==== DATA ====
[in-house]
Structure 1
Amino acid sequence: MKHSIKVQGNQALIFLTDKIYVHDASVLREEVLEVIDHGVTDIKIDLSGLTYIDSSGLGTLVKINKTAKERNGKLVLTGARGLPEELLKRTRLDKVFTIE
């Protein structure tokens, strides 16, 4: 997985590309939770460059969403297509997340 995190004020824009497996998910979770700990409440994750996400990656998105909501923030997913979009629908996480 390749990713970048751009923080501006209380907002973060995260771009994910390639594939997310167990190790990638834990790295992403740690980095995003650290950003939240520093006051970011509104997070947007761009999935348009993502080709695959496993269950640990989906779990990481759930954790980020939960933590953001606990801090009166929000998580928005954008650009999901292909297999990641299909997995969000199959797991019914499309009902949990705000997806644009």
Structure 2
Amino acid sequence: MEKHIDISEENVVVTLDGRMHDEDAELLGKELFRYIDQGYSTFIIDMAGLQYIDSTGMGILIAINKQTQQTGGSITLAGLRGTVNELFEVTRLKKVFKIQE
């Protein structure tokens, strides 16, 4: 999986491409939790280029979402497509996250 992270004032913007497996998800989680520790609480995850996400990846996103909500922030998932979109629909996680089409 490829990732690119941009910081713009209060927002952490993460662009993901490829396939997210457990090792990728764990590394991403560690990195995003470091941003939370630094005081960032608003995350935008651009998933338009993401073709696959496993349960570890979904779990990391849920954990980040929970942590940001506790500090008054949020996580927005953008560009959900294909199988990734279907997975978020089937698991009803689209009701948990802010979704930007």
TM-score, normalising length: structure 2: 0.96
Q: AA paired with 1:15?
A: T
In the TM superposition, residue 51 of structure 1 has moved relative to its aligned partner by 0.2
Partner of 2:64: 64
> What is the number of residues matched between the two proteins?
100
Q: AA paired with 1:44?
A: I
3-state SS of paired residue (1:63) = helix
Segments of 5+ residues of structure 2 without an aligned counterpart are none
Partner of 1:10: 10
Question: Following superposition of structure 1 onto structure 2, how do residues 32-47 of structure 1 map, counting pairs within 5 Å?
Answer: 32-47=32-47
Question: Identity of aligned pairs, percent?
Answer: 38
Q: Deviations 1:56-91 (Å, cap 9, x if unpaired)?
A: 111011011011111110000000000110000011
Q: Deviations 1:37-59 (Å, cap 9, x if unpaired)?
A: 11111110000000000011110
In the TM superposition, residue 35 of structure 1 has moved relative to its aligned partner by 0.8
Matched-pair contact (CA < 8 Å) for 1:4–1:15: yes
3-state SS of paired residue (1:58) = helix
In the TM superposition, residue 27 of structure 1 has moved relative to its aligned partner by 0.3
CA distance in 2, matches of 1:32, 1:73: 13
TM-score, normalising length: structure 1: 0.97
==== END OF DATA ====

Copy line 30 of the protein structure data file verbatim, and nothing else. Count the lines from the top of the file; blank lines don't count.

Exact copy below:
3-state SS of paired residue (1:58) = helix